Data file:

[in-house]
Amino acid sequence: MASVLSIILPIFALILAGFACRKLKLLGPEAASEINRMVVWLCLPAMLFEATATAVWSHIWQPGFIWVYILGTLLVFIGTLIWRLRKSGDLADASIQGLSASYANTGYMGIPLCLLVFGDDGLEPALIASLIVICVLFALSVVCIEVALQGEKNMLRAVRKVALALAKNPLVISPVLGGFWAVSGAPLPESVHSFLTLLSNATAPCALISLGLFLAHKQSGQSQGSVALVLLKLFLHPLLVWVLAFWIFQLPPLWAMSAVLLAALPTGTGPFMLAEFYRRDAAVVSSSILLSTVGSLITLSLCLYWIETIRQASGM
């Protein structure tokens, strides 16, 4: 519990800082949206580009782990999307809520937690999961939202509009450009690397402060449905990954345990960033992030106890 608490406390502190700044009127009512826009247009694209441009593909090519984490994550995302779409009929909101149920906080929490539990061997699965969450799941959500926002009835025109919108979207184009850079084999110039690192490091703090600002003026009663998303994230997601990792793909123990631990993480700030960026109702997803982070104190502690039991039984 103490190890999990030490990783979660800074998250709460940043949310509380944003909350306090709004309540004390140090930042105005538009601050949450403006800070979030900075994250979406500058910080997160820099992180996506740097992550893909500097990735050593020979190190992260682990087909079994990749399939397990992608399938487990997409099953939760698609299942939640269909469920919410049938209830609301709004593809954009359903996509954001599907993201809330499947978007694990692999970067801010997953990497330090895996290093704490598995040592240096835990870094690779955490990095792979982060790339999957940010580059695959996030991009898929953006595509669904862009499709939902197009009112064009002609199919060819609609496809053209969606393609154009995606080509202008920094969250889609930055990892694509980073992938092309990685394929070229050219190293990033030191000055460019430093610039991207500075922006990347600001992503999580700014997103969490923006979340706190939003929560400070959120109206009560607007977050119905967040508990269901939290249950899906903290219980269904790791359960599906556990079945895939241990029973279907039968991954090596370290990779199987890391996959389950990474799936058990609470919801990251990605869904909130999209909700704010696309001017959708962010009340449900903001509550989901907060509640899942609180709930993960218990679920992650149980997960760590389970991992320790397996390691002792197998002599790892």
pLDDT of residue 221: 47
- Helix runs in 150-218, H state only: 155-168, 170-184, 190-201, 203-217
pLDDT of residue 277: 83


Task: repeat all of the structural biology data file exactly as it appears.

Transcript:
[in-house]
Amino acid sequence: MASVLSIILPIFALILAGFACRKLKLLGPEAASEINRMVVWLCLPAMLFEATATAVWSHIWQPGFIWVYILGTLLVFIGTLIWRLRKSGDLADASIQGLSASYANTGYMGIPLCLLVFGDDGLEPALIASLIVICVLFALSVVCIEVALQGEKNMLRAVRKVALALAKNPLVISPVLGGFWAVSGAPLPESVHSFLTLLSNATAPCALISLGLFLAHKQSGQSQGSVALVLLKLFLHPLLVWVLAFWIFQLPPLWAMSAVLLAALPTGTGPFMLAEFYRRDAAVVSSSILLSTVGSLITLSLCLYWIETIRQASGM
């Protein structure tokens, strides 16, 4: 519990800082949206580009782990999307809520937690999961939202509009450009690397402060449905990954345990960033992030106890 608490406390502190700044009127009512826009247009694209441009593909090519984490994550995302779409009929909101149920906080929490539990061997699965969450799941959500926002009835025109919108979207184009850079084999110039690192490091703090600002003026009663998303994230997601990792793909123990631990993480700030960026109702997803982070104190502690039991039984 103490190890999990030490990783979660800074998250709460940043949310509380944003909350306090709004309540004390140090930042105005538009601050949450403006800070979030900075994250979406500058910080997160820099992180996506740097992550893909500097990735050593020979190190992260682990087909079994990749399939397990992608399938487990997409099953939760698609299942939640269909469920919410049938209830609301709004593809954009359903996509954001599907993201809330499947978007694990692999970067801010997953990497330090895996290093704490598995040592240096835990870094690779955490990095792979982060790339999957940010580059695959996030991009898929953006595509669904862009499709939902197009009112064009002609199919060819609609496809053209969606393609154009995606080509202008920094969250889609930055990892694509980073992938092309990685394929070229050219190293990033030191000055460019430093610039991207500075922006990347600001992503999580700014997103969490923006979340706190939003929560400070959120109206009560607007977050119905967040508990269901939290249950899906903290219980269904790791359960599906556990079945895939241990029973279907039968991954090596370290990779199987890391996959389950990474799936058990609470919801990251990605869904909130999209909700704010696309001017959708962010009340449900903001509550989901907060509640899942609180709930993960218990679920992650149980997960760590389970991992320790397996390691002792197998002599790892």
pLDDT of residue 221: 47
- Helix runs in 150-218, H state only: 155-168, 170-184, 190-201, 203-217
pLDDT of residue 277: 83